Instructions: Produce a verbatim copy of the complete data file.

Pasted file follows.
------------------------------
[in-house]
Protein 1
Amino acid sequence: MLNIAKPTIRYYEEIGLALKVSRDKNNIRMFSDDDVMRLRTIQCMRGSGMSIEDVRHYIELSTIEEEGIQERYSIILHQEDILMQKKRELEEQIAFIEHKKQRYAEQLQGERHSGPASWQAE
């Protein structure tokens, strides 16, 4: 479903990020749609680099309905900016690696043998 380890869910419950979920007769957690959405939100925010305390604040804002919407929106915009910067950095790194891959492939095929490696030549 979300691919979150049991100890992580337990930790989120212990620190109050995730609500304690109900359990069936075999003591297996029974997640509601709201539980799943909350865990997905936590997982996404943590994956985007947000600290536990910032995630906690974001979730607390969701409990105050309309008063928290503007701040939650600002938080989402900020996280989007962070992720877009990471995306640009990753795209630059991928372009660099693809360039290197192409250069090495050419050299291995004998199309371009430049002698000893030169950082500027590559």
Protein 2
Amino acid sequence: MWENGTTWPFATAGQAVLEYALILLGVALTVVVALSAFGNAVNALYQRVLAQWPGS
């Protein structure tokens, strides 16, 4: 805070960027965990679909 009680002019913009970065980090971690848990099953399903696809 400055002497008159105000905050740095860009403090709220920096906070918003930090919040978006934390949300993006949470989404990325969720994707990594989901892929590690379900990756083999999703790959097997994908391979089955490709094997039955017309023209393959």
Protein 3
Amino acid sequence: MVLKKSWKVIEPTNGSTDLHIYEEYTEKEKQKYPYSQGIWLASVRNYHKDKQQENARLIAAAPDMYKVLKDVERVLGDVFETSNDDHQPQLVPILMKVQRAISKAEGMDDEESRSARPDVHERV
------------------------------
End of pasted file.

[in-house]
Protein 1
Amino acid sequence: MLNIAKPTIRYYEEIGLALKVSRDKNNIRMFSDDDVMRLRTIQCMRGSGMSIEDVRHYIELSTIEEEGIQERYSIILHQEDILMQKKRELEEQIAFIEHKKQRYAEQLQGERHSGPASWQAE
């Protein structure tokens, strides 16, 4: 479903990020749609680099309905900016690696043998 380890869910419950979920007769957690959405939100925010305390604040804002919407929106915009910067950095790194891959492939095929490696030549 979300691919979150049991100890992580337990930790989120212990620190109050995730609500304690109900359990069936075999003591297996029974997640509601709201539980799943909350865990997905936590997982996404943590994956985007947000600290536990910032995630906690974001979730607390969701409990105050309309008063928290503007701040939650600002938080989402900020996280989007962070992720877009990471995306640009990753795209630059991928372009660099693809360039290197192409250069090495050419050299291995004998199309371009430049002698000893030169950082500027590559």
Protein 2
Amino acid sequence: MWENGTTWPFATAGQAVLEYALILLGVALTVVVALSAFGNAVNALYQRVLAQWPGS
């Protein structure tokens, strides 16, 4: 805070960027965990679909 009680002019913009970065980090971690848990099953399903696809 400055002497008159105000905050740095860009403090709220920096906070918003930090919040978006934390949300993006949470989404990325969720994707990594989901892929590690379900990756083999999703790959097997994908391979089955490709094997039955017309023209393959």
Protein 3
Amino acid sequence: MVLKKSWKVIEPTNGSTDLHIYEEYTEKEKQKYPYSQGIWLASVRNYHKDKQQENARLIAAAPDMYKVLKDVERVLGDVFETSNDDHQPQLVPILMKVQRAISKAEGMDDEESRSARPDVHERV